All posts tagged: charleskestermeiersj

Three Views on ‘Having a Vocation’

When I was in grade school, the whole idea of having a vocation seemed rather clear to me: I learned that I had a vocation either to the priesthood or to marriage, and that was it. Anyone not choosing to be a priest (or brother) or a nun was definitely not taking the high road, in some way being less than generous with God or failing him somehow, but marriage was still an acceptable option. We had the choice of a moral life in the standard married state or in the deluxe consecrated life. No one really talked about why there was a difference in value between the two acceptable states, but it was clear that anyone not choosing one or the other of these states of life was somehow a moral shirker. Once I had met the young Jesuits teaching in my high school I chose to become a Jesuit, and becoming a priest was simply one way of living that life. I am certainly grateful for that, but over the years I have …

Prayer Heart to Heart

The Baltimore Catechism (1891) says, “What is prayer? Prayer is the lifting up of our minds and hearts to God” (§1099). I believe that these words, taken by themselves, are the heart and soul of what prayer is, but since prayer can take many forms we might look at two of the ways that people pray. Among the many forms of prayer are such practices as formalized prayers, for example: the Rosary, a novena, the Divine Office, or the holy Eucharist. These are all good in different circumstances and for different people. The fact is, though, that they are all predetermined in terms of the words and the sequence of ideas. Their value comes both from the fact that the one who prays is faithful to actually doing the prayer and from the formation that the repetition of these prayers works on the one who prays. Such prayers basically praise God and tell him what we want him to do for us, while the Baltimore Catechism points more to a simple opening of our minds …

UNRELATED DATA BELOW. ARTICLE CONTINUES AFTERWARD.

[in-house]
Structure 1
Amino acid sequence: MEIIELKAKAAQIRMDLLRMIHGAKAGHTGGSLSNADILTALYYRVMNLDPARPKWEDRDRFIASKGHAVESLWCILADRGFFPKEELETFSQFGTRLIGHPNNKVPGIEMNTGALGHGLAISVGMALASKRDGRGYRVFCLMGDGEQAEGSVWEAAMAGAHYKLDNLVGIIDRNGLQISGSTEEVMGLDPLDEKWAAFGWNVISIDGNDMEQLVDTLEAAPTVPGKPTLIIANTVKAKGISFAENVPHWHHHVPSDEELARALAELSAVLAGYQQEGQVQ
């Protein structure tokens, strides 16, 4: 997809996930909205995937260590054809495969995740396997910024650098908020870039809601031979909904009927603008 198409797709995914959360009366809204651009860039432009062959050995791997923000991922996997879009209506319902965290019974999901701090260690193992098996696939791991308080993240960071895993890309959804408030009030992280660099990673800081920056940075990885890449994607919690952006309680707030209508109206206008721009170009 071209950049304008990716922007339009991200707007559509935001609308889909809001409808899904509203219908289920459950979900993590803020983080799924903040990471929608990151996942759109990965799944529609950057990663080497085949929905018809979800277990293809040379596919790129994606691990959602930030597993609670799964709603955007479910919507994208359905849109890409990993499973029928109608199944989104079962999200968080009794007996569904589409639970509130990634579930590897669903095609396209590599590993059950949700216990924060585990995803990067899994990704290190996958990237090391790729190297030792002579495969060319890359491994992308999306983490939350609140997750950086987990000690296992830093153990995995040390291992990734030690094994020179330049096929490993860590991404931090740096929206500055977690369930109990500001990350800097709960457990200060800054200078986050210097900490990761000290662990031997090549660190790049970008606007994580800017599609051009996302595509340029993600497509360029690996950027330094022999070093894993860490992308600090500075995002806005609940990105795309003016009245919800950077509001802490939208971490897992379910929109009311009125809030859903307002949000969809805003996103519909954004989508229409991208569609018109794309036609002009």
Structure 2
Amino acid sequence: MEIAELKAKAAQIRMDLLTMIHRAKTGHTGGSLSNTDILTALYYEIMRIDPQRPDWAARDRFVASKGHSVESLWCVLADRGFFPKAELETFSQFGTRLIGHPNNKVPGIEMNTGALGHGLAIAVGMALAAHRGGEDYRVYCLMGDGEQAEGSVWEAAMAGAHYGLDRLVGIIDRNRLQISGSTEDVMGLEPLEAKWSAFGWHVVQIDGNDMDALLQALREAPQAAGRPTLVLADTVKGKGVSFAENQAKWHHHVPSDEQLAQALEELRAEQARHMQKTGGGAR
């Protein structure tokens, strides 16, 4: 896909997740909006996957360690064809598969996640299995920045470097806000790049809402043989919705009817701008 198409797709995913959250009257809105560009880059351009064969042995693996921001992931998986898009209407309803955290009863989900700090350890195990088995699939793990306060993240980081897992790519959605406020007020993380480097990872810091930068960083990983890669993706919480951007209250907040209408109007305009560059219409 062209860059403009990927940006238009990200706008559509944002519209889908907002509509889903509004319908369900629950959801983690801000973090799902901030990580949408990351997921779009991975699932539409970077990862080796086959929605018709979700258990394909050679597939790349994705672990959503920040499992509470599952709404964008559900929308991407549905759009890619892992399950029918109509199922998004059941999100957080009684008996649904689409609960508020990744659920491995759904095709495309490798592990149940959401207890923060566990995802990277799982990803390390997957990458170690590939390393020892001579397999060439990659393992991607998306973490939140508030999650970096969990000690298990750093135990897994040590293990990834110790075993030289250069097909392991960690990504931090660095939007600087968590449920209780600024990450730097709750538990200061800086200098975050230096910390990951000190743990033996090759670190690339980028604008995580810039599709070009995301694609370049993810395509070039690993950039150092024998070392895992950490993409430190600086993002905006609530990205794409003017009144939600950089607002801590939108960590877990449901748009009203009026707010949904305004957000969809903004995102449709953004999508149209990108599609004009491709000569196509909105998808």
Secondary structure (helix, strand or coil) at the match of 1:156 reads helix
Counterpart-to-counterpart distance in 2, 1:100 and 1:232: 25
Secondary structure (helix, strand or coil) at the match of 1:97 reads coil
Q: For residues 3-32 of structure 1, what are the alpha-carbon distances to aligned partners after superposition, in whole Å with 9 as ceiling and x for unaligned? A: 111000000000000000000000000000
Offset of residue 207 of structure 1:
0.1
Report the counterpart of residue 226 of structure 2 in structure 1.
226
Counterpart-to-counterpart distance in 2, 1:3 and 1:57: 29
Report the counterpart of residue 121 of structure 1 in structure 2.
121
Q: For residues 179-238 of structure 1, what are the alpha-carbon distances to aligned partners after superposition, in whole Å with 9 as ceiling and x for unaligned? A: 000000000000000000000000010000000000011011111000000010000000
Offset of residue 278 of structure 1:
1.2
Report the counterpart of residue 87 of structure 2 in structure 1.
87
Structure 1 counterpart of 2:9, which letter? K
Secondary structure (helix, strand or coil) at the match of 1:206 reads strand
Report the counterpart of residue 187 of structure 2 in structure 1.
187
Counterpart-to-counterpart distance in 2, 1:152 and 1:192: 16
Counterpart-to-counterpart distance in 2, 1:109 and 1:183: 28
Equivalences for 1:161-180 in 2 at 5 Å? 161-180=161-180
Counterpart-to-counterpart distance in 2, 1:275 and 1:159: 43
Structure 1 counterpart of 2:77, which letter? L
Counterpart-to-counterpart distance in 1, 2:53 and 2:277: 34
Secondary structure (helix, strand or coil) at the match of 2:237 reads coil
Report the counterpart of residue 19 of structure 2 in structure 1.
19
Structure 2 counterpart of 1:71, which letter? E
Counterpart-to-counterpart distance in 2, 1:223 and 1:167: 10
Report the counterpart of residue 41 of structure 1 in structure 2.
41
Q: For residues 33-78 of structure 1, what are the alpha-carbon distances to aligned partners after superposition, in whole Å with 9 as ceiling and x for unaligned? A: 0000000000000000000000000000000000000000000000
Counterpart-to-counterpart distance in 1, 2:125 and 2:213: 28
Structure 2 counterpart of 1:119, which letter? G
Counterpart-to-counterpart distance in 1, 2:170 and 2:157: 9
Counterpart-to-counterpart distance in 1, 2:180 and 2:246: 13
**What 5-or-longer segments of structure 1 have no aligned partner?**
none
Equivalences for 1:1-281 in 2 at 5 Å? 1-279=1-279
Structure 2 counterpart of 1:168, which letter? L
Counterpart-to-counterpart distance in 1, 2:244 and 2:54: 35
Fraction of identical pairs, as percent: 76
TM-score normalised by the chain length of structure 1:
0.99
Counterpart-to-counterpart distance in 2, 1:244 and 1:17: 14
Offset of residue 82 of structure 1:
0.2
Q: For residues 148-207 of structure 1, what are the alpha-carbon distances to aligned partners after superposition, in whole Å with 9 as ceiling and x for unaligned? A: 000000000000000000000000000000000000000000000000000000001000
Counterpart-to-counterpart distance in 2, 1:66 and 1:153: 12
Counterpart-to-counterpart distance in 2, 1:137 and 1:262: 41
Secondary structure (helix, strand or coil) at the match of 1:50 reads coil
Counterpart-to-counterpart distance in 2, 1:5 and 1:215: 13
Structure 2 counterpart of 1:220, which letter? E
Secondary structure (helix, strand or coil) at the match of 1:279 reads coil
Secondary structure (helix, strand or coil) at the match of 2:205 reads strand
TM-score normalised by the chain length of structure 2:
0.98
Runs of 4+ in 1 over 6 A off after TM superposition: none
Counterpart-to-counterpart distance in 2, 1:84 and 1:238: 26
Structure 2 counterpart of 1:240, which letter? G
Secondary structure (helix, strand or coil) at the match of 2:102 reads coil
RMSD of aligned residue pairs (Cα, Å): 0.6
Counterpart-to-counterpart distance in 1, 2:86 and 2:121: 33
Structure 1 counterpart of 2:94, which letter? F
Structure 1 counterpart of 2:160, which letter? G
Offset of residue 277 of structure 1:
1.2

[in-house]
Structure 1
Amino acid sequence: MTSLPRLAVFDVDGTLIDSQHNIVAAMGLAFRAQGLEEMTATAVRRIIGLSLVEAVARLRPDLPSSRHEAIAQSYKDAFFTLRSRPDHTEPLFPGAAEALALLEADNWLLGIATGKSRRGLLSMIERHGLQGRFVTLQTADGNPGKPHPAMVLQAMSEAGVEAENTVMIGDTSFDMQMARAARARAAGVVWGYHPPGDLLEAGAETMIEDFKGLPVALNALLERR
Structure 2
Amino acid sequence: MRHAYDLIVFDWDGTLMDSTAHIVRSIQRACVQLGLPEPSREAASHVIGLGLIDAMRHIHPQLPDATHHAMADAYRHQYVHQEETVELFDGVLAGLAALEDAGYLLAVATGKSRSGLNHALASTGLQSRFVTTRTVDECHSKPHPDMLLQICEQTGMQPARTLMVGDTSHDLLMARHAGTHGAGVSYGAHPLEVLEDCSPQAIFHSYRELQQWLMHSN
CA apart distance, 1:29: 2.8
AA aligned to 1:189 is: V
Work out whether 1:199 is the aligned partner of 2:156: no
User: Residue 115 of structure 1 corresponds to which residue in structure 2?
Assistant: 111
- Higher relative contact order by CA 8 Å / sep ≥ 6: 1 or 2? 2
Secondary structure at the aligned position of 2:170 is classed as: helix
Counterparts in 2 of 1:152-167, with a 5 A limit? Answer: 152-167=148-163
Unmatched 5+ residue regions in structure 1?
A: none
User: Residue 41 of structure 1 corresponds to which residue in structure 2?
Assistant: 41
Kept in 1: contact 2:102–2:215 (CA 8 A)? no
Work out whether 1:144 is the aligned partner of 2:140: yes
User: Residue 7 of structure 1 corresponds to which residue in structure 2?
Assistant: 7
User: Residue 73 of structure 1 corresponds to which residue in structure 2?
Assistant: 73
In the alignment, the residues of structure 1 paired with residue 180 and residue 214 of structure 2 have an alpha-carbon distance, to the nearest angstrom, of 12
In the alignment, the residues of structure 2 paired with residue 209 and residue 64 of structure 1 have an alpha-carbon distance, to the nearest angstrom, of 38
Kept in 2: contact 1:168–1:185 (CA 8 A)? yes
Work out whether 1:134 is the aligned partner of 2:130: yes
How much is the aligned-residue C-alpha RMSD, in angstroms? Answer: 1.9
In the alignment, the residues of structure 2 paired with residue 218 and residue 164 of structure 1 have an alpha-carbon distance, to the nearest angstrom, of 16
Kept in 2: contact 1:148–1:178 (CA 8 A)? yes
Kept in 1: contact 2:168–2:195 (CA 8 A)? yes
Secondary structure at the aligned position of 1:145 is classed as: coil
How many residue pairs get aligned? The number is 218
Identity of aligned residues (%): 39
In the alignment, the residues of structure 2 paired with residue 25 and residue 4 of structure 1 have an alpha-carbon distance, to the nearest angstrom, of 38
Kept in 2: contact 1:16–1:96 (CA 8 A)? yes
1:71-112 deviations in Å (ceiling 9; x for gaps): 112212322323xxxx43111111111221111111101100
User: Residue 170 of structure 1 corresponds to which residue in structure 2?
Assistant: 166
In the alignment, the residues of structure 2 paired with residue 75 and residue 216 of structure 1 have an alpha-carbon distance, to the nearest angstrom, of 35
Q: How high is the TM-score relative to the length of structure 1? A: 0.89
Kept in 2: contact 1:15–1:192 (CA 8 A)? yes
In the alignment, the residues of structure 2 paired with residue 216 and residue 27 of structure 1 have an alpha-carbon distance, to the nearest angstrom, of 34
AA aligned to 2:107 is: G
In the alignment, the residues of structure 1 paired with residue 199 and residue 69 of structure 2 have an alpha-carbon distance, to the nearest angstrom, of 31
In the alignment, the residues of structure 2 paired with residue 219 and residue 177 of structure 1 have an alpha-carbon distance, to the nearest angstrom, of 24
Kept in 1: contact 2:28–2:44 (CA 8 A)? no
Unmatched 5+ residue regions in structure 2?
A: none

The Way of the Pilgrim

When I teach Chaucer’s Canterbury Tales in my literature survey course each semester, I need to take a certain extra amount of time to explain to my students just what these characters are doing by going on a pilgrimage: it is not something that younger people are often familiar with or find attractive, and yet I think that for Christians the idea of living the pilgrim life can be a very rich way of looking at the way we move through our days. In medieval times people undertook religious pilgrimages for a reason, ordinarily supplication or thanksgiving, although some people went out of simple piety. Whatever the reason, people wanted to show God or one of the saints how serious they were about their prayer for this or that. Depending on whom they were praying to or honoring, the pilgrims would choose a particular shrine from among dozens of possible sites, from Santiago de Compostela to the shrine of St. Ursula in Cologne, or even the Holy Land. They would ordinarily travel on foot, without …